9. Robert

    Can someone give me an example where delegate would be necessary? I just can't seem to figure out how this would be useful. And I've never used live or die either so I don't fully understand why that would be handy either...

  10. @Robert: Let's say you bind a "click" event to an element when the document is ready

    
    $(document).ready(function(){ 
        $('div a').click(function(){
            alert('You clicked on an anchor element!');
        });
    });
    
    

    Then you append some anchor tags later on via ajax (after the document.ready function runs).

    
    $.get('someurl.php', function(data){
        // data coming back is: '<div><a href="#" rel="nofollow">Some link coming back via ajax!</a></div>'
        $('body').append(data);
    });
    
    

    If you try and click on that link, it will not alert anything. You have to re-bind the click event cause it wasn't on the page when document.ready was called. To avoid this, you can use the live/delegate method.

    
    $(document).ready(function(){
        $('div').delegate('a', 'click', function(){
            alert('You clicked on an anchor element!');
        })
    });
    
    

    Now if you append some code via ajax later on, it will have that 'click' event tied to it. No need to re-bind :)

  11. varmin

    Thank goodness I found this, I was going crazy trying to figure out why using 'hover' with .delegate() wasn't returning the type 'mouseenter'.

  12. A pretty good article, I must say, but I do have one notable issue with it.

    In short, the difference between .bind() and .delegate() is that .bind() will only add events to the elements that are on the page when you call it. .delegate() is listening for new elements and then adding events to them when they appear on the page.

    That statement is immensely inaccurate. Delegate doesn't do any sort of polling for DOM changes or listening to any sort of events fired from DOM alterations.

    In essence, it 'feels' like it's doing that, but it's not really adding in new events at all to the sub-elements. It adds one handler only, to one element, which handles the events that bubble up from its children that match the selection.

    I realize that it sounds like a nitpick, but it's really of note. There are no extra event handlers added outside of just the one, which can result in improved performance when contrasted with adding an event handler to dozens (or more) elements, while also gaining the live nature where new elements that match seemingly inherit the event.

  13. Thanks, this is useful!

  14. Ryan Blunden

    Thanks so much for this clean and easy to understand explanation of what delegate does and what the benefits are over live.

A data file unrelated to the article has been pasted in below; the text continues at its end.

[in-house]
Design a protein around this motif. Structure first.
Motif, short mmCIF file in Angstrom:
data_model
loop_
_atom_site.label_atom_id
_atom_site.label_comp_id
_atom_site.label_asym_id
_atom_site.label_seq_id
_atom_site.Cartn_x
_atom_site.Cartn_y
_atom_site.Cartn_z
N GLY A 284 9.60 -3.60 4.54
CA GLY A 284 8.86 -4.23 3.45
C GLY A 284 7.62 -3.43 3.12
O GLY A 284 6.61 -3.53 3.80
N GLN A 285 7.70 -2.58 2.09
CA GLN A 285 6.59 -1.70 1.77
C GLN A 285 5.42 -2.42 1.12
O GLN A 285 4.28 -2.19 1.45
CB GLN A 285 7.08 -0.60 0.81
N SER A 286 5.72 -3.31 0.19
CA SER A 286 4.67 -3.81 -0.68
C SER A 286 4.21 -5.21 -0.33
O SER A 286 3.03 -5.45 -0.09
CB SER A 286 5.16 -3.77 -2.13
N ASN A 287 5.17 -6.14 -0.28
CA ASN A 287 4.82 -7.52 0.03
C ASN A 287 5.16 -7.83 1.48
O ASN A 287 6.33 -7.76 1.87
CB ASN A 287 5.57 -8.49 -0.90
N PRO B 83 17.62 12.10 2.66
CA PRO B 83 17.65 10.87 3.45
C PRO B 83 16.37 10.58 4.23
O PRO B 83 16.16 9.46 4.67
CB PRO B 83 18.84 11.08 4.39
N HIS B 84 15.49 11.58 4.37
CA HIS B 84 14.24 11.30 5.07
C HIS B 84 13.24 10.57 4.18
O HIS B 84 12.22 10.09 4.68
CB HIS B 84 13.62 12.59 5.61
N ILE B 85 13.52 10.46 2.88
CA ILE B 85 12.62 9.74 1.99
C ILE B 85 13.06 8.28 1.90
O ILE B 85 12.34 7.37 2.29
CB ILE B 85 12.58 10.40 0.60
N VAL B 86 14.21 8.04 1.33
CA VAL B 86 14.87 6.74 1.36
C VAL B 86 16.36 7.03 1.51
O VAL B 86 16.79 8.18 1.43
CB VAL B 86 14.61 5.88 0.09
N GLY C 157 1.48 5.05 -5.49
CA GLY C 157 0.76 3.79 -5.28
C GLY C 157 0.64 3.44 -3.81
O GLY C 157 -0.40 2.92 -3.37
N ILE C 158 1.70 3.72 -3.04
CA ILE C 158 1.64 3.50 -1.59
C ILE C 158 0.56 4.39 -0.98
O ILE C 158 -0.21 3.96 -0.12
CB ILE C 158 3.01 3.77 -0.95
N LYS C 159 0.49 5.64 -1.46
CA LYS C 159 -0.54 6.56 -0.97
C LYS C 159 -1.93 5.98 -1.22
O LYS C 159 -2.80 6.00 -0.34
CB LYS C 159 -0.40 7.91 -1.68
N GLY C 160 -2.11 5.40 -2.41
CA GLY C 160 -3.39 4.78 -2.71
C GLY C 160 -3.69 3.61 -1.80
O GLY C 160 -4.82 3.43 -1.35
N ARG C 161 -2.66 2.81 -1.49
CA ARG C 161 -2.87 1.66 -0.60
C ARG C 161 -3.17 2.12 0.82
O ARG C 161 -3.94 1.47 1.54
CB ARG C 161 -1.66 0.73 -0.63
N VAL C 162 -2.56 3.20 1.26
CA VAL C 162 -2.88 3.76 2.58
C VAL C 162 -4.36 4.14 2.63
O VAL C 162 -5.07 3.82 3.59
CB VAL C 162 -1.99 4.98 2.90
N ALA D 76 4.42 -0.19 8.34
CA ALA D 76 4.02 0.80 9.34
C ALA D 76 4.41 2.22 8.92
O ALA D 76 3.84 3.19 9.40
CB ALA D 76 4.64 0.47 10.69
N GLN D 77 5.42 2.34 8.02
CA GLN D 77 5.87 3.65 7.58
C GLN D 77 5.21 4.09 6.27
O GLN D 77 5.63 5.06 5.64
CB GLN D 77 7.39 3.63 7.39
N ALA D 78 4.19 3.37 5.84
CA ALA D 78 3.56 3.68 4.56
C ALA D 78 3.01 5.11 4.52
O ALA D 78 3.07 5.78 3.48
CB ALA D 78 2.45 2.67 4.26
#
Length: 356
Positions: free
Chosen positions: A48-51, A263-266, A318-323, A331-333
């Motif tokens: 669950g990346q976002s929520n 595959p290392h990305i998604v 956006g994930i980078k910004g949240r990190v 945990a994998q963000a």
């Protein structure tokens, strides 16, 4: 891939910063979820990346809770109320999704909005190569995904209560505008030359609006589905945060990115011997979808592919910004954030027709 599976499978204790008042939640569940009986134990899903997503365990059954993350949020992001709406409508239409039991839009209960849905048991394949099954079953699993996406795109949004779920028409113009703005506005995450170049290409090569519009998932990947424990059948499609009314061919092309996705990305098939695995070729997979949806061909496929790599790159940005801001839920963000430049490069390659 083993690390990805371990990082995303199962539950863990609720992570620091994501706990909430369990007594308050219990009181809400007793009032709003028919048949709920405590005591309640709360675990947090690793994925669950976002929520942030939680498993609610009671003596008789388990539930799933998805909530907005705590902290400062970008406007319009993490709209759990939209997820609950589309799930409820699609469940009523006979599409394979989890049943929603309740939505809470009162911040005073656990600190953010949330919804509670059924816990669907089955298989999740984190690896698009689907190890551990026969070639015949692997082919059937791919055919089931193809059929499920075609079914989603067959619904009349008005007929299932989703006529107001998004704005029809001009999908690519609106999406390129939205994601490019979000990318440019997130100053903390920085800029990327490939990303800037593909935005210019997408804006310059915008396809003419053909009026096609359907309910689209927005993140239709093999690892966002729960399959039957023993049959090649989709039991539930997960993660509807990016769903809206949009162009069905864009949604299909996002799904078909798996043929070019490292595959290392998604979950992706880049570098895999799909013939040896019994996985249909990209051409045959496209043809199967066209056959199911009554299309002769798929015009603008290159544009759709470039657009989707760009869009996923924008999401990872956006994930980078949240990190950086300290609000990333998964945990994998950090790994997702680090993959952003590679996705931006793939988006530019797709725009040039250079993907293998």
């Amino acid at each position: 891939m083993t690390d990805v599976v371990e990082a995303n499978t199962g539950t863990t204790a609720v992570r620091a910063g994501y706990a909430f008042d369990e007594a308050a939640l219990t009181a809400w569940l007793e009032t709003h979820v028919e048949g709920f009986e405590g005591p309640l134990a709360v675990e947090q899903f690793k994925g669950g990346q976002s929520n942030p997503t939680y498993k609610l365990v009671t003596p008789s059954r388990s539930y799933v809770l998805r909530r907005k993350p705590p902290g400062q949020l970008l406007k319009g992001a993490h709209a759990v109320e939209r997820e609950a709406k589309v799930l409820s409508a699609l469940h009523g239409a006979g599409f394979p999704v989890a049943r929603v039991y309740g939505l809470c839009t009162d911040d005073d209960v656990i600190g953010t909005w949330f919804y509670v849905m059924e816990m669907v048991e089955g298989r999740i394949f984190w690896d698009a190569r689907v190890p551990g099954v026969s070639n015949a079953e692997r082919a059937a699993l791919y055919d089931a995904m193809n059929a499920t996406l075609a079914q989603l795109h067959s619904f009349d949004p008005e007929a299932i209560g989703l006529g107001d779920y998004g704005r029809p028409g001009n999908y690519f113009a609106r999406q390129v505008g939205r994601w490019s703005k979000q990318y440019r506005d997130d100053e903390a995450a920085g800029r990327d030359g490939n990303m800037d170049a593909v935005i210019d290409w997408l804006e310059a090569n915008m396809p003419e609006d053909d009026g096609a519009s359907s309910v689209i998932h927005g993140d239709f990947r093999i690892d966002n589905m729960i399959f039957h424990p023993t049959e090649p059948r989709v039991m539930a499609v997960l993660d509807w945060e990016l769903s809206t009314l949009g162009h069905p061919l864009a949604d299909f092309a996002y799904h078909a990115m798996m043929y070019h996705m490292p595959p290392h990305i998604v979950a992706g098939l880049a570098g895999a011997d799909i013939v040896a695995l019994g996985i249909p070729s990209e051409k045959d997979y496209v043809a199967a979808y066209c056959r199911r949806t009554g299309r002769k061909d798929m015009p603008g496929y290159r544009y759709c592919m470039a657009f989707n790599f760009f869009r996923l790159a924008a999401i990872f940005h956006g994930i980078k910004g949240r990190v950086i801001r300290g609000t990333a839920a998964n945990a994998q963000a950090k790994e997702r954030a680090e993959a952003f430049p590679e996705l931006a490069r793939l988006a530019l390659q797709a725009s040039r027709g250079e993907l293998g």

15. Edwin

    hey thanks for this article.. i understand more about the difference..

    one question. If you bind live directly to an id is it then better than delegate?

    $('#idname').live(click(function){

    })

    If you use live like this does it bubble also?

  16. siva

    Hi im new to jquery can you suggest tutotrials or ebooks or good sites that are practical at the same time easy to undestand your reply is really helpful

  17. Help

    please me for autocomplete using this version of jquery with webservice and returning a value in hidden field.

    thank you.

    sorry for my english

  18. Thank you for the post. I'm new with delegate and this helped much. Btw, the multiple delegate works now, see:

    
    // WORKS NOW withoud plugin :-)
    $('ul').delegate('li', {
      click: function(e){
        // Something on click
      },
      mouseover: function(e){
        // Something on mouse over
      }
    });

    You may update this.

    Kind regards
    Patrick

  19. So in a sense, .delegate() can listen for new elements to be added to the Dom. What is the performance hit for always listening, if if there is even a hit at all?

7 Pings

  1. Linkhub – Woche 09-2010 « pehbehbeh

    [...] man delegate und undelegate in jQuery 1.4.2 [...]

  2. [...] method, we can use that one instead. Jordan Boesch recently wrote a nice introductory article on Using Delegate and Undelegate in jQuery, so check that out if you’re uncertain about what the method does. One thing I’d like [...]

  3. 8 jQuery Performance & Optimization Tips You Need In 2010 | AddyOsmani.com | Where Web Businesses Grow

    [...] core features: http://www.learningjquery.com/2010/03/using-delegate-and-undelegate-in-jquery-1-4-2 and  [...]

  4. 8 jQuery Performance & Optimization Tips You Need In 2010 | DesignerLinks | Home to Web design news, jQuery Tutorials, CSS tutorials, Web Designing tutorials, JavaScript tutorials and more!

    [...] core features: http://www.learningjquery.com/2010/03/using-delegate-and-undelegate-in-jquery-1-4-2 and  [...]

  5. [...] method, we can use that one instead. Jordan Boesch recently wrote a nice introductory article on Using Delegate and Undelegate in jQuery, so check that out if you’re uncertain about what the method does. One thing I’d like [...]